Int J Med Sci 2019; 16(1):1-7. doi:10.7150/ijms.28756 This issue
1. Laboratory of Clinical Nutrition, Naruto Research Institute, Otsuka Pharmaceutical Factory, Inc., 115 Kuguhara, Tateiwa, Muya-cho, Naruto, Tokushima 772-8601, Japan
2. PMM Group, Sales Division, Otsuka Pharmaceutical Factory, 2-9 Kanda Tsukasamachi, Chiyoda-ku, Tokyo 101-0048, Japan
The objective of this study was to determine the relationship between glucose dosage in parenteral nutrition and reductions in levels of body thiamine in rats. Vitamin-free infusions with differing amounts of glucose were administered to normal or thiamine-deficient rats for 5 days, after which urinary thiamine excretion and the amounts of thiamine in the blood, liver, brain, and skeletal muscles were measured. The total energy dosage was set at three levels (98, 140, and 196 kcal/kg), and the dose of amino acids was constant among all groups. Urinary thiamine excretions on Day 5 decreased with increasing glucose dosage in the infusions. In normal rats, the amount of thiamine in the blood and all organs decreased compared with the diet group; however, no significant differences were found among the infusion groups. In thiamine-deficient rats, on the other hand, the amount of thiamine in the liver and skeletal muscles did not differ significantly among infusion groups; however, the amount of thiamine in the brain and blood decreased with increasing glucose dosage. An organ-specific correlation was found between glucose dosage in infusions and reductions in levels of thiamine. To prevent thiamine deficiencies from affecting the central nervous system, greater caution must be exercised during high-caloric parenteral nutrition. However, a constant supply of thiamine seemed to be essential, irrespective of the amount of energy supplied via parenteral nutrition, to maintain a sufficient level of thiamine in the body.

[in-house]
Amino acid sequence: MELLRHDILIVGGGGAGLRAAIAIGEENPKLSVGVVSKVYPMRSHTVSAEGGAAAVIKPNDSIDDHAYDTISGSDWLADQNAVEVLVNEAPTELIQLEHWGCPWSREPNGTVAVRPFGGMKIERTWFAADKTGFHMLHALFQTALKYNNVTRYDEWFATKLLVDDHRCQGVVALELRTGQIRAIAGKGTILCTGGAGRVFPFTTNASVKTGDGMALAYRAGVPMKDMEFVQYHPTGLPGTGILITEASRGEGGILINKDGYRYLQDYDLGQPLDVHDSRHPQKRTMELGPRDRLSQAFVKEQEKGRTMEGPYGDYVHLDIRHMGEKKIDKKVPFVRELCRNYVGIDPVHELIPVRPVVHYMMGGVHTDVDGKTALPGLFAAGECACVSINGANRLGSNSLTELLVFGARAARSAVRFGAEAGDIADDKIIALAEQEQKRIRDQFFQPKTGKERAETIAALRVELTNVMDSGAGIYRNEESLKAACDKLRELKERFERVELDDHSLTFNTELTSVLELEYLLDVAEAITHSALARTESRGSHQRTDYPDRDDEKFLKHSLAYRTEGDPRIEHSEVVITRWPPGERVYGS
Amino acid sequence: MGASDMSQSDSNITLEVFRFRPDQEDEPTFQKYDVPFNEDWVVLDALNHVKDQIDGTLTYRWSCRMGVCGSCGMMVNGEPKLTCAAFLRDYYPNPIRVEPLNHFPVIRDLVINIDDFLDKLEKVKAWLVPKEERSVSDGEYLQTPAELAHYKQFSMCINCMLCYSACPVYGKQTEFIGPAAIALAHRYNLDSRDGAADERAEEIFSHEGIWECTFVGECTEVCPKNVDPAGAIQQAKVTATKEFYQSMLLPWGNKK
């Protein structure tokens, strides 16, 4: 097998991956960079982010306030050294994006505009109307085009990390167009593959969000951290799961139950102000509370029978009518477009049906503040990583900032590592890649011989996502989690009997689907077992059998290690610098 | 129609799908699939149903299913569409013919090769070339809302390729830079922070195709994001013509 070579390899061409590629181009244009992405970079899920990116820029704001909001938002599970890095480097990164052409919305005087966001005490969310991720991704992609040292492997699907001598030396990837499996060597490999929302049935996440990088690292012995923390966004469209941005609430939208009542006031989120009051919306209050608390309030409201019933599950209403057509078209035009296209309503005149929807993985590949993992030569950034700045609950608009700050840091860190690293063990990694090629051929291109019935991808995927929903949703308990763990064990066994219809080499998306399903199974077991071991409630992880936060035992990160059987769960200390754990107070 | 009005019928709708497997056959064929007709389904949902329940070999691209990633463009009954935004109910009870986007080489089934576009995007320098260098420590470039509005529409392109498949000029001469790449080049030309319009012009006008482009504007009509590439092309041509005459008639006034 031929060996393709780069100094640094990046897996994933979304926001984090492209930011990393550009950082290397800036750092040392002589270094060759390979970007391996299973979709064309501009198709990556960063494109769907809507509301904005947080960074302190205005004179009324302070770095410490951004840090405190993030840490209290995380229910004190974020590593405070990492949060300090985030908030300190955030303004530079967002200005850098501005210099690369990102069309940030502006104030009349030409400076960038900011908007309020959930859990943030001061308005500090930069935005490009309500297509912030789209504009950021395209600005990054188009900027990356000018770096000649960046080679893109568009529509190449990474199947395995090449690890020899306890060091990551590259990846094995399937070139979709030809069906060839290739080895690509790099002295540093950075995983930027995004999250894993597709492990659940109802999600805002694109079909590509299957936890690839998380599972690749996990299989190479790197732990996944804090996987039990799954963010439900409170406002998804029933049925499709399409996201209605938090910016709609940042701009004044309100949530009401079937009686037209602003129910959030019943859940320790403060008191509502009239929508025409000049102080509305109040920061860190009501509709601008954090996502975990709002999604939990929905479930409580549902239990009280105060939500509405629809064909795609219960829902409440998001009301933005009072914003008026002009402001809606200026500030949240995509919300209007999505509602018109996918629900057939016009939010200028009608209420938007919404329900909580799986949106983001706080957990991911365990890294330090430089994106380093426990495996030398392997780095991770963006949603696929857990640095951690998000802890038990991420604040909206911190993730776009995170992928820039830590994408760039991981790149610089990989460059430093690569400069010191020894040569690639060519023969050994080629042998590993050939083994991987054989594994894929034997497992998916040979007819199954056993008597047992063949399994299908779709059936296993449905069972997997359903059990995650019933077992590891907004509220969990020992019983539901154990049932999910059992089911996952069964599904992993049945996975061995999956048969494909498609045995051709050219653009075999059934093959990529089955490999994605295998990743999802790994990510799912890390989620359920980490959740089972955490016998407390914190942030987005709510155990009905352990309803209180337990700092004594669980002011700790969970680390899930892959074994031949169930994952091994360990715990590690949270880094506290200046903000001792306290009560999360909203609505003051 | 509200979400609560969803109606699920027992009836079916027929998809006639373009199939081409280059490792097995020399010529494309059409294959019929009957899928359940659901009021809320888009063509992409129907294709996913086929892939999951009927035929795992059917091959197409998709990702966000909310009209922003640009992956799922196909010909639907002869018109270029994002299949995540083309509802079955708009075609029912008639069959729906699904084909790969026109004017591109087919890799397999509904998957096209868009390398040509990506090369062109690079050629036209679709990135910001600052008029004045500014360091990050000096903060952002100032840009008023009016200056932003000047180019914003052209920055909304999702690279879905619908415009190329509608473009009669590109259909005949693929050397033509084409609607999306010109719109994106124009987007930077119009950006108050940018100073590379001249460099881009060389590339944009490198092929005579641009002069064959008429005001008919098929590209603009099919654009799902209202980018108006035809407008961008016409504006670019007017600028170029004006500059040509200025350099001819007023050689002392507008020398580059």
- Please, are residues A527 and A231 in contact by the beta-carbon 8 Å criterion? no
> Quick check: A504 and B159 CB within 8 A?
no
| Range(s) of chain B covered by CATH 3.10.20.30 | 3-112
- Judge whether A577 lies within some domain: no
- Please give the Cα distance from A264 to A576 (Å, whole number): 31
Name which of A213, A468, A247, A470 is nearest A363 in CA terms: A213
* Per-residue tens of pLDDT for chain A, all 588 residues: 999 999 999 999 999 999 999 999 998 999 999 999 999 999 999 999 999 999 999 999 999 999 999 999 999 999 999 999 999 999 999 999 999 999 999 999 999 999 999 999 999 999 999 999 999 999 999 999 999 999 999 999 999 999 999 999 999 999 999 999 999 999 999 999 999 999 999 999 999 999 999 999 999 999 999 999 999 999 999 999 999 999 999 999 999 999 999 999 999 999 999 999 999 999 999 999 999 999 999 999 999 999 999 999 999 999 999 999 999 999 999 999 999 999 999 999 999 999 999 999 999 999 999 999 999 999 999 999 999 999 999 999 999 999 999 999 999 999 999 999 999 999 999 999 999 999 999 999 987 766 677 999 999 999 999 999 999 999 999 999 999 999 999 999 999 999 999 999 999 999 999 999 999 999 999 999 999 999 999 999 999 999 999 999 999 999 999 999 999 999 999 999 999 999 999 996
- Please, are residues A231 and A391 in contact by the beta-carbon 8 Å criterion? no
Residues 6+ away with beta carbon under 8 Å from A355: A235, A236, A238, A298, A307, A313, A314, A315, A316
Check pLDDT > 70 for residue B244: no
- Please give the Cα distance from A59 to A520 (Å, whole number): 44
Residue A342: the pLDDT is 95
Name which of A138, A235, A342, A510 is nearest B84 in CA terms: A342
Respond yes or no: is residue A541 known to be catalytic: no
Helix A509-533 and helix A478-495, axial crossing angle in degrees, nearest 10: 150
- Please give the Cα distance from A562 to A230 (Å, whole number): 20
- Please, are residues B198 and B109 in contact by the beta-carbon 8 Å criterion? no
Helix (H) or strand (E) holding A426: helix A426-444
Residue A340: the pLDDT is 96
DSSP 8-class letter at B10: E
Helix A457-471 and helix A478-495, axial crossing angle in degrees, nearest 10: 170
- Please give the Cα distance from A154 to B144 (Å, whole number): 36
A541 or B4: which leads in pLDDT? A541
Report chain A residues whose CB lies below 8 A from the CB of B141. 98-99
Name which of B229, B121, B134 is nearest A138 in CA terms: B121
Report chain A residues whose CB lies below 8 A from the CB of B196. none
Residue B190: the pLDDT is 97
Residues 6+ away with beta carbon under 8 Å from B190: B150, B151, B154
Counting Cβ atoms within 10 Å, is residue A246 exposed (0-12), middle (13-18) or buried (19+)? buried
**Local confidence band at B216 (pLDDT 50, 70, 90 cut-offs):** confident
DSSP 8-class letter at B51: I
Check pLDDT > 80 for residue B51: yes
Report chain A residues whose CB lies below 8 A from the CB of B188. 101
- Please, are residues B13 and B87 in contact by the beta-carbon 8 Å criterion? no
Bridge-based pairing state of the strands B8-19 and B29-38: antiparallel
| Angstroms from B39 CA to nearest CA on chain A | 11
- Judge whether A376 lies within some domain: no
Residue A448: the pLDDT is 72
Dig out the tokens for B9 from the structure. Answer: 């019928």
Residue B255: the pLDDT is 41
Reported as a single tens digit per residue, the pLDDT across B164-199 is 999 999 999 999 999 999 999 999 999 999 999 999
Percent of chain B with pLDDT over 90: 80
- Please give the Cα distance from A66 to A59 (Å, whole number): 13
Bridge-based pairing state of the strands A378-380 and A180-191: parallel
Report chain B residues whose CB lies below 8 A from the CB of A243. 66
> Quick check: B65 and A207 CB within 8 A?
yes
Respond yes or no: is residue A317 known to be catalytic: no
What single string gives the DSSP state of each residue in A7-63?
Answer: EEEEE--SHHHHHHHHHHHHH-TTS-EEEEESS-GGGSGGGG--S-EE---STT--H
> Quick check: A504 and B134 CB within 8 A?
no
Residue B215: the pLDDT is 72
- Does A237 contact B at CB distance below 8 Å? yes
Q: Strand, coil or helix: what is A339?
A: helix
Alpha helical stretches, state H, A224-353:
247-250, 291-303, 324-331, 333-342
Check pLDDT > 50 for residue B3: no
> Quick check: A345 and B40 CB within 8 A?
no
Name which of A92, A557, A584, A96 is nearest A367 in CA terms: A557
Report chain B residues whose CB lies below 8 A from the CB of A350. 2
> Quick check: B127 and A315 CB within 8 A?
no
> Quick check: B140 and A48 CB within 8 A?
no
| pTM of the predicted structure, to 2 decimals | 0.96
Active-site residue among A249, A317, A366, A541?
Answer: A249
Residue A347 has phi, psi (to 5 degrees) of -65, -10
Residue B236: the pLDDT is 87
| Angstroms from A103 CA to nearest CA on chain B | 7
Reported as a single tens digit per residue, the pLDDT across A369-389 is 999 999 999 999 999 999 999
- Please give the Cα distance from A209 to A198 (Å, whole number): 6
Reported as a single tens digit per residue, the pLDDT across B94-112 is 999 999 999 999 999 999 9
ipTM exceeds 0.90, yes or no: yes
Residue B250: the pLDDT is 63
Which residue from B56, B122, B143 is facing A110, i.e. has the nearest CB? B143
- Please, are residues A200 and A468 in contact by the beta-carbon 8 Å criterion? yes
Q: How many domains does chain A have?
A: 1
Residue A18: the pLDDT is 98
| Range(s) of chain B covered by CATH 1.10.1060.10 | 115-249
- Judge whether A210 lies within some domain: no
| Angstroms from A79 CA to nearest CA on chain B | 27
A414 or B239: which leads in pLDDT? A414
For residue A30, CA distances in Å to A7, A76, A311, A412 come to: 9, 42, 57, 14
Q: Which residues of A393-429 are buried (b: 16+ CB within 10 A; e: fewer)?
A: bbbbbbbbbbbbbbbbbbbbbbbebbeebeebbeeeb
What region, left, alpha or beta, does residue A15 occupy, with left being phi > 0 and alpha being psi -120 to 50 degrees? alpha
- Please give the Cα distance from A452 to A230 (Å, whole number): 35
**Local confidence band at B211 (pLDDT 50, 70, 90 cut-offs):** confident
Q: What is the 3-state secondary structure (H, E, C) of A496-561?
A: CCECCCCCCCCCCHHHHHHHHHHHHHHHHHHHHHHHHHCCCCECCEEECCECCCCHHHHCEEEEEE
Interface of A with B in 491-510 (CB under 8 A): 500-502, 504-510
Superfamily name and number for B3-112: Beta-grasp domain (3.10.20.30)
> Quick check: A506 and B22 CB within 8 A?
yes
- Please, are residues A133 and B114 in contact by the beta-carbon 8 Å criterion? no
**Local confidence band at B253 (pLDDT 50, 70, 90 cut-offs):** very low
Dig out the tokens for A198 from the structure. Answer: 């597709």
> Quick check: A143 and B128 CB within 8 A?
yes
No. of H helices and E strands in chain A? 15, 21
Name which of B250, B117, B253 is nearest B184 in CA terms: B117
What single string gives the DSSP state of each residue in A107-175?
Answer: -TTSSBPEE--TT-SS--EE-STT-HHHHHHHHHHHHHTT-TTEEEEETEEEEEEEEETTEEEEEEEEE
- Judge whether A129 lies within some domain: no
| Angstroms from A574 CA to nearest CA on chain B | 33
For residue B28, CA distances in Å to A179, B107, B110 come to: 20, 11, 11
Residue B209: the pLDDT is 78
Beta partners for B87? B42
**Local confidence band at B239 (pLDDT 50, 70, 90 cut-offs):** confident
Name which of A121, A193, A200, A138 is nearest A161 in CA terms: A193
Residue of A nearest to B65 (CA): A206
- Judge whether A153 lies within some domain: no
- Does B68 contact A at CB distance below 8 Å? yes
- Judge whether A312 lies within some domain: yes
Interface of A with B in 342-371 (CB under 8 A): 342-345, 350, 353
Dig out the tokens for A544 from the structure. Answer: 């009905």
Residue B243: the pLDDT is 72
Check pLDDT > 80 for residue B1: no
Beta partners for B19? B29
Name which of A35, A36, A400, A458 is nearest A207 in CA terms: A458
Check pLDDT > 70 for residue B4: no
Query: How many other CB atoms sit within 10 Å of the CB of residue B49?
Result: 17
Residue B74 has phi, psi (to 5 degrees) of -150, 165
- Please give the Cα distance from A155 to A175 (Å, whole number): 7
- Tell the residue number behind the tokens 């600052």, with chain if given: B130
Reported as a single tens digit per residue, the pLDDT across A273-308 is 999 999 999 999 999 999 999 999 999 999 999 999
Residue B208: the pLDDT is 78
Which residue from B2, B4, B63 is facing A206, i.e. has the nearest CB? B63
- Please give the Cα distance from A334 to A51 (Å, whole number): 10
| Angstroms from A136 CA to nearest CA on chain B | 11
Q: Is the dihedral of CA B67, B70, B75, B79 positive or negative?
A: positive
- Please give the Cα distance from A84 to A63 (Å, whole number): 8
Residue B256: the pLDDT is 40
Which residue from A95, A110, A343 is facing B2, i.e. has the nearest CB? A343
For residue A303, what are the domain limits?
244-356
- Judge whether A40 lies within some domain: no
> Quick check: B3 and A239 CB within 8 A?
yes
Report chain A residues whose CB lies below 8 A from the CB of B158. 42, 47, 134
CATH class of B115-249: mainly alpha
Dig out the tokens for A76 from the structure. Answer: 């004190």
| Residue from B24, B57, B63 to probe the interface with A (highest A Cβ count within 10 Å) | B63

Keywords: thiamine, vitamin B1, parenteral nutrition, glucose, deficiency